ICTJ has named the globally recognized jurist and human rights expert Juan E. Méndez as its...
As we look back on 15 years of ICTJ's work, we recognize that our greatest asset is the people whose knowledge, experience, and dedication made our contribution possible. To celebrate all who have been part of ICTJ’s story over the years, we asked some of our former colleagues to share their reflections and memories of moments that stand out: moments that throw the stakes of our work into sharp relief. In the weeks and months to come we will bring you their stories in Reflections on the Struggle for Justice.
Cristian Correa, Senior Associate in ICTJ’s Reparative Justice Program, shares a story about the revelatory power of truth-telling in Chile.
|It is 2003, and I am the secretary of the National Commission on Political Imprisonment and Torture in Chile. We are spending months touring the country, listening to heartbreaking stories of lives destroyed by the after-effects of torture. Men and women are often talking for the first time about experiences during their detention in the 1970s. Their thirty-year old secrets, once unburdened, turn out to have consequences we couldn’t have imagined.
I am in my small office when María Luisa Sepúlveda, the Executive Secretary of the Commission, calls me and asked me to accompany her on an interview.
This is rare, as we usually receive the testimonies of victims through individual interviews by all our staff, or sometimes with several of the commissioners during our trips to the regions. If María Luisa is asking me to accompany her on an interview is because this is something different. In the hallway I meet a woman in her mid-fifties. I greet her and notice that she is followed by a younger woman. María Luisa clarifies to me that the woman asked to bring her daughter for support while she adds additional facts to her earlier statement.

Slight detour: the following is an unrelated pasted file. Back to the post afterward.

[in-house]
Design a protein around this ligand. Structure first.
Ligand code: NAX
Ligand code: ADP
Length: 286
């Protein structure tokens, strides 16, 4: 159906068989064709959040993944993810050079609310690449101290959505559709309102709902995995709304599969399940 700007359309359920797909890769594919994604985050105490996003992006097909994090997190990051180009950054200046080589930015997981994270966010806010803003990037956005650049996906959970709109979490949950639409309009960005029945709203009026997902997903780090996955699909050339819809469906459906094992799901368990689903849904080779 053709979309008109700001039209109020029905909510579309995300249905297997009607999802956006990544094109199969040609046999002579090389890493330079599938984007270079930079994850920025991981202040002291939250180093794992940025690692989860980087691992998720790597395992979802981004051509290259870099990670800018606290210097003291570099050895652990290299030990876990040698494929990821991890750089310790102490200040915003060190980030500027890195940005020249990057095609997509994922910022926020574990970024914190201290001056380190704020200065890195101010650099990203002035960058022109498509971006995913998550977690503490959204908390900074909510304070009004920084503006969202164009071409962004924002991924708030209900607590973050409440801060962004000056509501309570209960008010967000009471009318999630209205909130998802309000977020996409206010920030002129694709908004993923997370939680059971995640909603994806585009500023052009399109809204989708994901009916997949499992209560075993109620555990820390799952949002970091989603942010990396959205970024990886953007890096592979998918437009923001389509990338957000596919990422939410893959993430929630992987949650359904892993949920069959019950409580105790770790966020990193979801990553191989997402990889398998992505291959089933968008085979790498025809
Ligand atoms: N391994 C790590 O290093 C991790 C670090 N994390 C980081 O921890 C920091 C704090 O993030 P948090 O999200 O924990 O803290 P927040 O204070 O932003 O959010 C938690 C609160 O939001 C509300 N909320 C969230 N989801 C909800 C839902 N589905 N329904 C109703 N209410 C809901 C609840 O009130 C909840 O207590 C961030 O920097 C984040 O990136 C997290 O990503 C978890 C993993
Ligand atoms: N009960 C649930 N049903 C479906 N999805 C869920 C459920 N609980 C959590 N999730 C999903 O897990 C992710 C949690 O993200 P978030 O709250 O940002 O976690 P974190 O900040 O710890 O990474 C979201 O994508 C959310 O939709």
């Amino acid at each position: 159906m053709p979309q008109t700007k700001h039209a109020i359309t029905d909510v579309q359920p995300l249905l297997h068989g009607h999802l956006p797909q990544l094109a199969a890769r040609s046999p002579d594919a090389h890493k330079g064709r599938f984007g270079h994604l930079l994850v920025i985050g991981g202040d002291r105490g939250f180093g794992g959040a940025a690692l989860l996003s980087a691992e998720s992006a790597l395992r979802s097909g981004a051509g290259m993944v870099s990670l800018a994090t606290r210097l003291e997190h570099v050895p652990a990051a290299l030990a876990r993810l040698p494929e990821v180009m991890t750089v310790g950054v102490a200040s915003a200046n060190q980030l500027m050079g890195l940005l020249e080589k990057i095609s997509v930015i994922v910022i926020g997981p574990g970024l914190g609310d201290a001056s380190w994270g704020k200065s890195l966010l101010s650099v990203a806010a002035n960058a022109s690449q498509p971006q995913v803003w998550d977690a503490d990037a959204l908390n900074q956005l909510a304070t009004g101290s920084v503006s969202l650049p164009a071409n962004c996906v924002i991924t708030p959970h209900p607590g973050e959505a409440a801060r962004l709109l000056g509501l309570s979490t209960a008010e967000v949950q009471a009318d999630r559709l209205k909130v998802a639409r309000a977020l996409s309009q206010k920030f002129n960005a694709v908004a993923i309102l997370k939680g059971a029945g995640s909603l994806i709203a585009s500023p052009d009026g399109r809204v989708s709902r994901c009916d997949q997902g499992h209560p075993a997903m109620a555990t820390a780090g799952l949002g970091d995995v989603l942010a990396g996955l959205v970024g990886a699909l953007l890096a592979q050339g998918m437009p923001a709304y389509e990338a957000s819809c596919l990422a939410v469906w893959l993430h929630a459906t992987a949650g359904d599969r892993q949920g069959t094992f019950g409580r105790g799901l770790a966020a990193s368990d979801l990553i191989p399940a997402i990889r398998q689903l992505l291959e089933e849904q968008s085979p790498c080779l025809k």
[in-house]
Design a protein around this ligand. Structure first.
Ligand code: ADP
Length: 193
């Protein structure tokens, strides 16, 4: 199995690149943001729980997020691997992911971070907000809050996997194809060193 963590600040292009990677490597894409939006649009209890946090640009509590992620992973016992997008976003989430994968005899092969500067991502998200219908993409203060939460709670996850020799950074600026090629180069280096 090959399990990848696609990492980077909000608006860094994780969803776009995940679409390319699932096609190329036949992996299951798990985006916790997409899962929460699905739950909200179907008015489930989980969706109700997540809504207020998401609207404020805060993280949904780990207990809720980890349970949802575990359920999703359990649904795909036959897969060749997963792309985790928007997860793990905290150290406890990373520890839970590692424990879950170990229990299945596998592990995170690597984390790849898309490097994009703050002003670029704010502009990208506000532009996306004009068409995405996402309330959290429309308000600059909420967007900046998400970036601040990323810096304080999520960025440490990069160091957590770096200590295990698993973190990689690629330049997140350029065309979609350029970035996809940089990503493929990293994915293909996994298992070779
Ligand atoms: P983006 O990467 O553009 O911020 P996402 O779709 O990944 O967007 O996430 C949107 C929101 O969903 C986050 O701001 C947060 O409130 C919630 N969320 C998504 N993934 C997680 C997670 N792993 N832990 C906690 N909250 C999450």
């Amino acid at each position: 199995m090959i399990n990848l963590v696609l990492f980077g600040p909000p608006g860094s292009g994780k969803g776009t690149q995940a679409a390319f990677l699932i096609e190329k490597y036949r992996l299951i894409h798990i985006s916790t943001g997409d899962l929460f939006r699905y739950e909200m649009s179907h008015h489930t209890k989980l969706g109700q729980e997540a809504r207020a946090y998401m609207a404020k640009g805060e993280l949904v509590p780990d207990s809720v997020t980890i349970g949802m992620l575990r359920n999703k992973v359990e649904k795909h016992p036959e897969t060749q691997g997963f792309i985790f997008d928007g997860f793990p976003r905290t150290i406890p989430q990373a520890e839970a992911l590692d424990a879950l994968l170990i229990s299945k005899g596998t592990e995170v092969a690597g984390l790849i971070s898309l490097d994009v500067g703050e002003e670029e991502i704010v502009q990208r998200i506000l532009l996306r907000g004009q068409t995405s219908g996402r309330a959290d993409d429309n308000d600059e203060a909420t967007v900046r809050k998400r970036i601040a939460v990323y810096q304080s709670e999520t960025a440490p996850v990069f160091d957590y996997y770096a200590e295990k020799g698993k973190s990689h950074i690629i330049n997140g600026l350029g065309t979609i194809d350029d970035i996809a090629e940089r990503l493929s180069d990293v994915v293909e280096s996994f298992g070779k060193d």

The four of us sat down together, huddled closely at the end of a long conference table.
A mix of sadness and resilience in her face, the older woman began to talk. She gave her name and when and where she was detained. It was not long after the coup against Allende, and like many she was jailed for having socialist sympathies. During her detention, she was sent for several weeks to a military base, now well known as a torture center.
We never pushed victims to detail what happened to them. It was up to them to decide how much they were capable of sharing. Some people said very little, letting us fill in the blanks. Courageously, this woman shared everything. Her daughter put her hand on her shoulder as she described the terror she felt when she arrived, and then the torture that she endured.
Her composure fractured as she began to describe the rape. The daughter’s eyes grew wide with fear, and then realization. We felt our presence recede. The mother turned to her saying softly, with tears streaming down her face, “I’m sorry that I never told you.”
The two sat locked in space, looking at one another. “That is why you never had patience with me. Now I understand,” the daughter murmured through her sobs. After a few minutes, the interview continued. At the end, as the two women left the room, their relationship forever changed, I saw relief on the mother’s face. On the daughter’s, though, were only questions about her identity that may never be fully answered.
PHOTO: The non-violent group Movimiento contra la Tortura Sebastián Acevedo, which protested torture during the time of the dictatorship, stages a demonstration. (Museo de la Memoria y los Derechos Humanos)